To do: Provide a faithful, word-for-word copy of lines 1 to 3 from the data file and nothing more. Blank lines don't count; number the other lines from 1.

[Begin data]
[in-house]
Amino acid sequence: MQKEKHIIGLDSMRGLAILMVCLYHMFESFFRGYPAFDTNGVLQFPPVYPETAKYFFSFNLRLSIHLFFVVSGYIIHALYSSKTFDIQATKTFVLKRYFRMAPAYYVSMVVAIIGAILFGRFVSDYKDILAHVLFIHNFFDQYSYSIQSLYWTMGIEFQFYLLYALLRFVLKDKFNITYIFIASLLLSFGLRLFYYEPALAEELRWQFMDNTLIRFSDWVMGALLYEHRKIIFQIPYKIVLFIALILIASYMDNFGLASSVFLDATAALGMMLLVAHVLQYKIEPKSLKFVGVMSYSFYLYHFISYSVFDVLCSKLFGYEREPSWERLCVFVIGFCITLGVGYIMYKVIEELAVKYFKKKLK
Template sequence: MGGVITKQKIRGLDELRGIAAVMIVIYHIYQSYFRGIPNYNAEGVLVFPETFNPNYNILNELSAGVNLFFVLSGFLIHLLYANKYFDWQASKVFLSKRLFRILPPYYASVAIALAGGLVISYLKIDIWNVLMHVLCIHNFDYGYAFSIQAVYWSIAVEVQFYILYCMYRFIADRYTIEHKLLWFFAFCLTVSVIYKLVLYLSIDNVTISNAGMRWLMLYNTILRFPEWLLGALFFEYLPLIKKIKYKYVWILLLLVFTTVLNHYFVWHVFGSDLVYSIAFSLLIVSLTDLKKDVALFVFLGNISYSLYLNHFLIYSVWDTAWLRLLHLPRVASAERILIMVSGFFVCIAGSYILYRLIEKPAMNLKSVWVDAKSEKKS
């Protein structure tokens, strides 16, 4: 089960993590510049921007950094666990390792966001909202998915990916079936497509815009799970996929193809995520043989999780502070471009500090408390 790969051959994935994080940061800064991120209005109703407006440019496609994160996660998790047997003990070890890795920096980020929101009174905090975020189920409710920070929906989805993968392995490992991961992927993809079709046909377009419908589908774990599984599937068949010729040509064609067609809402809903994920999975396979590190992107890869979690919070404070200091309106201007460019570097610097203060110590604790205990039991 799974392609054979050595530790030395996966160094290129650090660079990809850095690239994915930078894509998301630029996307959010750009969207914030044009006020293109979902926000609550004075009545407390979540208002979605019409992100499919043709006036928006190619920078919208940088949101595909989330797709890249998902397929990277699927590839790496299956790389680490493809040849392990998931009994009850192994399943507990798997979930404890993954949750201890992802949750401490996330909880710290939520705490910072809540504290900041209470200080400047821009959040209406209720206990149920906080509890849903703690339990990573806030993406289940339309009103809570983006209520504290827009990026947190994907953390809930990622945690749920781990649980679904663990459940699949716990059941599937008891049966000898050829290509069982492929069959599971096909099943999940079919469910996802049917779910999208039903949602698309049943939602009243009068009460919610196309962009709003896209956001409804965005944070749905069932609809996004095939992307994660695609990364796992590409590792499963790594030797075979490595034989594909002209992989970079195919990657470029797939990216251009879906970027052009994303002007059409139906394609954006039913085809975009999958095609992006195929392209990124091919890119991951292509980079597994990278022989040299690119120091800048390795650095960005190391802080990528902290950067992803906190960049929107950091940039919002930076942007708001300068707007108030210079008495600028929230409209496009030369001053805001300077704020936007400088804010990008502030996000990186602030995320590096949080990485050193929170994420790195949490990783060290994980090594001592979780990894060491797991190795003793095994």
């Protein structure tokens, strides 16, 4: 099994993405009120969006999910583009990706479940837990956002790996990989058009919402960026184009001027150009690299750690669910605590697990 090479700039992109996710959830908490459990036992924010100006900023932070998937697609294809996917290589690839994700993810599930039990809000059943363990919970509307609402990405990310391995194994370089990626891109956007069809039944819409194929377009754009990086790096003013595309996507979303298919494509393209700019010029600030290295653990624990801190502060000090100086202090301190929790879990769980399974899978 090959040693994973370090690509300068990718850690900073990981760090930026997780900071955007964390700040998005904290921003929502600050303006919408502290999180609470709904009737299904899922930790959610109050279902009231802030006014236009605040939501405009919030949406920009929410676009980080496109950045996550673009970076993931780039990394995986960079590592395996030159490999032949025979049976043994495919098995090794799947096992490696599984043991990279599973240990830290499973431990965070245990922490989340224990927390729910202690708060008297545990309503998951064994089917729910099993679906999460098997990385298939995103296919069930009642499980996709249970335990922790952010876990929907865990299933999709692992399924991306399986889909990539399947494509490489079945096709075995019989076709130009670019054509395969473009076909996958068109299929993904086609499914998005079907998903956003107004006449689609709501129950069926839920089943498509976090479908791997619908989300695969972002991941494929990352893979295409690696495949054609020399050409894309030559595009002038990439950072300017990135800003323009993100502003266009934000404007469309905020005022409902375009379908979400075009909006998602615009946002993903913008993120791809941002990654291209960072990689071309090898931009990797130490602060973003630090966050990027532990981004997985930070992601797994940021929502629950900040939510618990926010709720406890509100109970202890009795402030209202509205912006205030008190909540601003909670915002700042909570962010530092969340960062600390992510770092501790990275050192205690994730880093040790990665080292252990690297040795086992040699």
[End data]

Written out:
[in-house]
Amino acid sequence: MQKEKHIIGLDSMRGLAILMVCLYHMFESFFRGYPAFDTNGVLQFPPVYPETAKYFFSFNLRLSIHLFFVVSGYIIHALYSSKTFDIQATKTFVLKRYFRMAPAYYVSMVVAIIGAILFGRFVSDYKDILAHVLFIHNFFDQYSYSIQSLYWTMGIEFQFYLLYALLRFVLKDKFNITYIFIASLLLSFGLRLFYYEPALAEELRWQFMDNTLIRFSDWVMGALLYEHRKIIFQIPYKIVLFIALILIASYMDNFGLASSVFLDATAALGMMLLVAHVLQYKIEPKSLKFVGVMSYSFYLYHFISYSVFDVLCSKLFGYEREPSWERLCVFVIGFCITLGVGYIMYKVIEELAVKYFKKKLK
Template sequence: MGGVITKQKIRGLDELRGIAAVMIVIYHIYQSYFRGIPNYNAEGVLVFPETFNPNYNILNELSAGVNLFFVLSGFLIHLLYANKYFDWQASKVFLSKRLFRILPPYYASVAIALAGGLVISYLKIDIWNVLMHVLCIHNFDYGYAFSIQAVYWSIAVEVQFYILYCMYRFIADRYTIEHKLLWFFAFCLTVSVIYKLVLYLSIDNVTISNAGMRWLMLYNTILRFPEWLLGALFFEYLPLIKKIKYKYVWILLLLVFTTVLNHYFVWHVFGSDLVYSIAFSLLIVSLTDLKKDVALFVFLGNISYSLYLNHFLIYSVWDTAWLRLLHLPRVASAERILIMVSGFFVCIAGSYILYRLIEKPAMNLKSVWVDAKSEKKS